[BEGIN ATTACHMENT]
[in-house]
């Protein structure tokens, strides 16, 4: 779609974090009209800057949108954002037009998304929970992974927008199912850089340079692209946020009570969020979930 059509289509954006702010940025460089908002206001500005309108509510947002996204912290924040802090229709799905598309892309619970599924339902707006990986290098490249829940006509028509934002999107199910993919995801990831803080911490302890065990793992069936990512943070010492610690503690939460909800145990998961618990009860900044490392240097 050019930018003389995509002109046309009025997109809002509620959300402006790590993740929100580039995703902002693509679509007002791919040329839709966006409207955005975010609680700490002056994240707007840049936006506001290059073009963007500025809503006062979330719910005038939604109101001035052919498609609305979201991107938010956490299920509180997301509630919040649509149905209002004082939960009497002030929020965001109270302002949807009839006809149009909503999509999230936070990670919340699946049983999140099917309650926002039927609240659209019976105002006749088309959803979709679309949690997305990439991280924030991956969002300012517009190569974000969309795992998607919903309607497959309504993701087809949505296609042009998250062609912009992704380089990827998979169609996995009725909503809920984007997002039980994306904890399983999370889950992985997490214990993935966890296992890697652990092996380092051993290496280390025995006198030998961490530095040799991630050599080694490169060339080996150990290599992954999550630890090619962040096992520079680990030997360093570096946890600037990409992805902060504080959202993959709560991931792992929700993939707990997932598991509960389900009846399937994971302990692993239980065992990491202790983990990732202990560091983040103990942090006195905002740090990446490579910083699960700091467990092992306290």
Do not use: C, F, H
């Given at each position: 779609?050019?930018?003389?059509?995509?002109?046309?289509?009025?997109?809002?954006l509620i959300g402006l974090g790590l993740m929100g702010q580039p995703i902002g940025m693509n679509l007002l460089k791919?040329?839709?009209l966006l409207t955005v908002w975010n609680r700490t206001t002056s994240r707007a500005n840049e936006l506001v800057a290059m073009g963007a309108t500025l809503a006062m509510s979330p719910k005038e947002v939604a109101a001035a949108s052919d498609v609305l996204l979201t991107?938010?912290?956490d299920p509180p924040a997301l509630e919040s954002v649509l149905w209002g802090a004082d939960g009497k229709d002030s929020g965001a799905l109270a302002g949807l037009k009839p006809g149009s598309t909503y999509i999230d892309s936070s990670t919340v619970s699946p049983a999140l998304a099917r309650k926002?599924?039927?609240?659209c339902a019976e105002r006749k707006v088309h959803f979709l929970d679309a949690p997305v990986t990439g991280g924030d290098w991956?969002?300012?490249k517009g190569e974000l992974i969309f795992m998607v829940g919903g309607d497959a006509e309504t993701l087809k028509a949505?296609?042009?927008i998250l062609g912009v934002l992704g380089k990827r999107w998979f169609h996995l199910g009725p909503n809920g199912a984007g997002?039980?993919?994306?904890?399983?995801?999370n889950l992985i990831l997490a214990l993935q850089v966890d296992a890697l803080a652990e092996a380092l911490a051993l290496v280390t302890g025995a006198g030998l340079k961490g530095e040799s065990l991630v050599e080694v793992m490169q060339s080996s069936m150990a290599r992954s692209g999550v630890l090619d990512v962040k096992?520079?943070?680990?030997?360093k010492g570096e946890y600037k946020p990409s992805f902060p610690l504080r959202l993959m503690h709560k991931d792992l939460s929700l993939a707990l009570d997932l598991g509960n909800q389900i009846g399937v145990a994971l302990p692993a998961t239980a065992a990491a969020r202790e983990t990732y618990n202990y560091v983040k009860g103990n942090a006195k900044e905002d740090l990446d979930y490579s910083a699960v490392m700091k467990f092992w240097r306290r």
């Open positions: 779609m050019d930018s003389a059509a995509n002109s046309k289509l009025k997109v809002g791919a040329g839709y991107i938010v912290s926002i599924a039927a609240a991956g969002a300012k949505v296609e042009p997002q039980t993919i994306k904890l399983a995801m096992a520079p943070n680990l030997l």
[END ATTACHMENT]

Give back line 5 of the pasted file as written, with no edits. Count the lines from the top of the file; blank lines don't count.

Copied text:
């Open positions: 779609m050019d930018s003389a059509a995509n002109s046309k289509l009025k997109v809002g791919a040329g839709y991107i938010v912290s926002i599924a039927a609240a991956g969002a300012k949505v296609e042009p997002q039980t993919i994306k904890l399983a995801m096992a520079p943070n680990l030997l």